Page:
December 27, 2002

Robert Guerrero: The Ghost Warrior

By Fiona Manning

When IBA world super featherweight champion Joel Casamayor stepped into the ring last Friday night to face Yoni Vargas in a stunning fifth round KO victory at Miami’s American Airlines Amphitheater, he had more than his own victory on his mind.

He was also thinking about The Ghost.

The Ghost is featherweight Robert Guerrero, the 9-0 whiz-kid southpaw featherweight prospect from Gilroy, CA whom Casamayor is now managing with his trainer/manager Joe Goossen, Louis de Cubas and Bob Santos.

Casamayor, considered one of the best fighters in the world has taken Guerrero so close to his heart, he personally supervised Guerrero’s most recent fight - a scheduled six round TV undercard fight on ESPN2.

Originally slated to face former world champion Rudulfo Blanco, Guerrero was disappointed but not fazed when Jose Alfonso Rodriguez, a veteran opponent stepped into the ring instead.

“I’m on a mission,” said Guerrero who knocked out Rodriguez in two rounds.

It was a big night for the master and the avid student.

“You know what Guerrero means?” said Casamayor who rushed to the gym this week to watch his charge spar veteran welterweight Vince Thompson for seven grueling rounds. “It means warrior. Robert is the Ghost Warrior.”

So ecstatic is Casamayor about Guerrero that he invited La Prensa San Diego to the Ten Goose Gym so we could see the kid in action.

Casamayor doesn’t get very excited about prospects very often. The last time he did, it was featherweight Rudy Martinez, who after notching up an 11-2, 6 KO career, quit the boxing business two years ago.

“I had hopes for Rudy but I see much more dedication, much more love for boxing in Robert,” said Casamayor. “He has a very good attitude that will make him champion one day very soon.”

Casamayor is not the only one who raves about Guerrero.

Joe Goossen who is sent prospects to examine on a daily basis, rarely takes on somebody starting out but is so high on Guerrero he positively glows when he talks about him.

“Oh, Robert’s the hottest prospect I’ve had in here since Gabe and Rafael Ruelas,” he said which is something Goossen never says.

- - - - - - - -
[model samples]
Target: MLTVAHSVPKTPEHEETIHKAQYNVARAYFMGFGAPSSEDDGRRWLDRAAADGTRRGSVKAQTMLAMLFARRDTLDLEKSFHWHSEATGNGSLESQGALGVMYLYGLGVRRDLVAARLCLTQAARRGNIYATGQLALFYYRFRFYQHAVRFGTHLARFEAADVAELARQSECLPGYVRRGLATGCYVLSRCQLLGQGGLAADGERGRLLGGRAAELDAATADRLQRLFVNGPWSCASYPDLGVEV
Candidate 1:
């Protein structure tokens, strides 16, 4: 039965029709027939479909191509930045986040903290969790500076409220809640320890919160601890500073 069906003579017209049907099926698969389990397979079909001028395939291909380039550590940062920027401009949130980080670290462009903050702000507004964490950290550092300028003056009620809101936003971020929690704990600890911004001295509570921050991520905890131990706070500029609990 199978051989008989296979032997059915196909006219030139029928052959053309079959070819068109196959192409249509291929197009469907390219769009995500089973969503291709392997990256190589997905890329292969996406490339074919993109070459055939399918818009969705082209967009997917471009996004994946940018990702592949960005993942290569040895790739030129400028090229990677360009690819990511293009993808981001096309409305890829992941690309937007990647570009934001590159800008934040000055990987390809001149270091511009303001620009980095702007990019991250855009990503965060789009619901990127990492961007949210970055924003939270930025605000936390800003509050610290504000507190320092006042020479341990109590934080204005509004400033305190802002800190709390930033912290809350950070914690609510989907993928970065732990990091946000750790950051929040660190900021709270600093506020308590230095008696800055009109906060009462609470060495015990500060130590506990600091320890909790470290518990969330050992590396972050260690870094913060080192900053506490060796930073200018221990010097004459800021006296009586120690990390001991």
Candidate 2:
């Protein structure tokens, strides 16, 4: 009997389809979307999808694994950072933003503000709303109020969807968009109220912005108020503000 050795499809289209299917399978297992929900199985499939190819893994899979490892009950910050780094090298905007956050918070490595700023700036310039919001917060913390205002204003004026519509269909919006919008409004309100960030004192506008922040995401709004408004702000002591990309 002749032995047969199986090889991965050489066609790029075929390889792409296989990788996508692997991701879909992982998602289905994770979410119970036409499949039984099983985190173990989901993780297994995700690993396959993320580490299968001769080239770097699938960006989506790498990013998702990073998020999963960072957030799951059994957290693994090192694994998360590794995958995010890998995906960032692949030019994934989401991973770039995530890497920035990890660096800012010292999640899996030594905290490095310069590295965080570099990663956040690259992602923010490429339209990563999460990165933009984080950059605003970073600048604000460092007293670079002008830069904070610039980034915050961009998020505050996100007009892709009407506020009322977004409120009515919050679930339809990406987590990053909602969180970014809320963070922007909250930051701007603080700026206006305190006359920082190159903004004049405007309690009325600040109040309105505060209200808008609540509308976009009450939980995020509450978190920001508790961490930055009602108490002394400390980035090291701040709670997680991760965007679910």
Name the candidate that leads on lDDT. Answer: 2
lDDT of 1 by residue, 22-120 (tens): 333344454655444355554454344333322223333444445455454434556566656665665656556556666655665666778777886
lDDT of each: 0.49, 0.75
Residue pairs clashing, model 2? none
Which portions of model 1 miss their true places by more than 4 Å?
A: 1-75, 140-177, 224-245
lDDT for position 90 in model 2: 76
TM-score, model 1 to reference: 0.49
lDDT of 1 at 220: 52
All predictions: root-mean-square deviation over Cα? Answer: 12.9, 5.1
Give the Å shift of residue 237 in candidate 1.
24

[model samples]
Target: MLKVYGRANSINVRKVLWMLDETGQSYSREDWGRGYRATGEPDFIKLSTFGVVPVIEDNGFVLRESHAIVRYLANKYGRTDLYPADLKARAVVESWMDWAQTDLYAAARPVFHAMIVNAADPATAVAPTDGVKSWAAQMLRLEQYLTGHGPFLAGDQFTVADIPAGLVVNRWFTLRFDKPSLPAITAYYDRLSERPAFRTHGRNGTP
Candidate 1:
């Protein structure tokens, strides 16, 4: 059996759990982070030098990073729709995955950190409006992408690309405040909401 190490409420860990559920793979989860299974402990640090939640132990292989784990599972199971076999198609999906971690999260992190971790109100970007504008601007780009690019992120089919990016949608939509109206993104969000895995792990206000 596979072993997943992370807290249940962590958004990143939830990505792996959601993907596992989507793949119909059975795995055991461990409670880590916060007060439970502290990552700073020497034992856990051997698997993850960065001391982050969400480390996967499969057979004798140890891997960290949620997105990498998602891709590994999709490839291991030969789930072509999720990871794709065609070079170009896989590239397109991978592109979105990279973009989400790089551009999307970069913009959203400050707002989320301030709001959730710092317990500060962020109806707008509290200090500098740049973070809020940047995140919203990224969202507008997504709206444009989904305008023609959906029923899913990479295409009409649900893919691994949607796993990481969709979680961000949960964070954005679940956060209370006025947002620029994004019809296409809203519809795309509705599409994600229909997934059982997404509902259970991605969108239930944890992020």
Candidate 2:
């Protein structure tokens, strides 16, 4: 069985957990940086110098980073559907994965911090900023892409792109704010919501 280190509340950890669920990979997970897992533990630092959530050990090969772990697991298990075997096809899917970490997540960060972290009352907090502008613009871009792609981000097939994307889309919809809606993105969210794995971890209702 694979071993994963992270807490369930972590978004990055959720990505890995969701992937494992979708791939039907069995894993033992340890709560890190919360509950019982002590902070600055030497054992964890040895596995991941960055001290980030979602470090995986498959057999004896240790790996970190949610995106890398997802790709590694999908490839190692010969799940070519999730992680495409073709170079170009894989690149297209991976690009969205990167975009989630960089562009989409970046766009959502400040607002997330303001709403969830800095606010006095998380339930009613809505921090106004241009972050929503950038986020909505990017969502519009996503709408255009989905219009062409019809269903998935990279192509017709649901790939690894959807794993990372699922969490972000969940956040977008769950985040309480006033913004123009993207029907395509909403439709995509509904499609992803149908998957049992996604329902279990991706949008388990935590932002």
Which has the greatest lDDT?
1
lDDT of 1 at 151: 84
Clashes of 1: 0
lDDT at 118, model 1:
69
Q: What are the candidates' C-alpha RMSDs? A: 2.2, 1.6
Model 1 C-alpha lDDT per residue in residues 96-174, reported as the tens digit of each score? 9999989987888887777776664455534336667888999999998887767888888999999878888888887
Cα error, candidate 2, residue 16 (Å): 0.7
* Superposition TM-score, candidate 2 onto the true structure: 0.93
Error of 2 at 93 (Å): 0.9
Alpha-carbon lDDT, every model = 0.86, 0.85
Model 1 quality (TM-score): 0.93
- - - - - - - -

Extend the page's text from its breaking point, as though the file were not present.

Bob Santos, who has worked with Guerrero since he was a hot amateur prospect is also full of praise for the guy who was the youngest boxer ever to try for the Olympics [in 2002].

“He competed on the day he turned 16 which is the Olympic cut off age and he won the Olympic junior gold medal but he lost out on a position on the team to Clarence Vinson,” Santos said.

Guerrero, at 5’9 has no body fat, plenty of foot and hand speed. Unusually tall and hard-hitting for his weight, he packs pistols in his fist.

Just ask Thompson who used to be Pernell Whitaker’s sparring partner. Guerrero battered Thompson who joked, “I’m getting too old for this shit,” after the session was over.

“That’s what Robert keeps doing,” said Santos. “He’s been fighting much bigger guys his whole career which explains his low KO output.”

Since turning pro in April last year, Guerrero has fought steadily but has only 2 KOs on his ledger.

After this week’s fight (at 126 pounds), his management team is planning to fight him strictly at 122.

“He really hadn’t been getting much sparring until we started working here at the Ten Goose Gym,” said Santos. “There isn’t much boxing up in Gilroy.”

Having trained with his father Ruben Guerrero exclusively since he was five or six, there seem to be no egos involved in the meshing of the Guerreros and Goossen.

“We’re just so happy everybody likes Robert,” said his father. “We are both learning from Joe. He is really excited about Robert and we’re here to work so things are very good right now.”

Guerrero and his father have a good relationship, which is obvious just looking at them in the gym together.

“We’re best friends,” said Ruben. “We’re always together. Robert is just a good kid. he goes to church on Sundays, he has no bad habits. He’s a hero to the kids at the Gilroy Youth Center where he’s been training for years. Sometimes I have to shake my own head and say, ‘and this guy’s a boxer?’”

For his part, Guerrero is soaking up the atmosphere in the gym that has turned out so many world champions.

He is also pinching himself, still not quite believing his good fortune that Casamayor has taken him under his wing.

“We have breakfast together and we run together,” said Guerrero, who is bi-lingual. “We talk about boxing all day long.”

Ruben is thrilled that his son has a true mentor in Casamayor and that both father and son have found such willing strategists as Joe Goossen and co.

“Joe took one look at Robert and suggested we turn him pro last year,” said Santos. “This was after the Olympic trials. You never what’s going to happen in the amateurs.”

You never know what’s going to happen in the pro ranks either. Guerrero has been matched tough at higher weights just to keep the fighter busy. He has beaten some stiff opposition: earlier this year he faced Marcos Badillo whose record of 14-19 is against some difficult opponents too.

Ironically, Badillo is an opponent the aforementioned Rudy Martinez also beat in his short career.

Guerrero fought super bantamweight Joaquin Candelario to a decision but after this week, Santos said, they want fights only at 122.

“I don’t care,” said Guerrero. “I’m happy to fight anybody. Boxing is my life and I plan to be a world champion. With all this support, with this incredible team behind me, there’s only one way to go and that’s straight to the top.”

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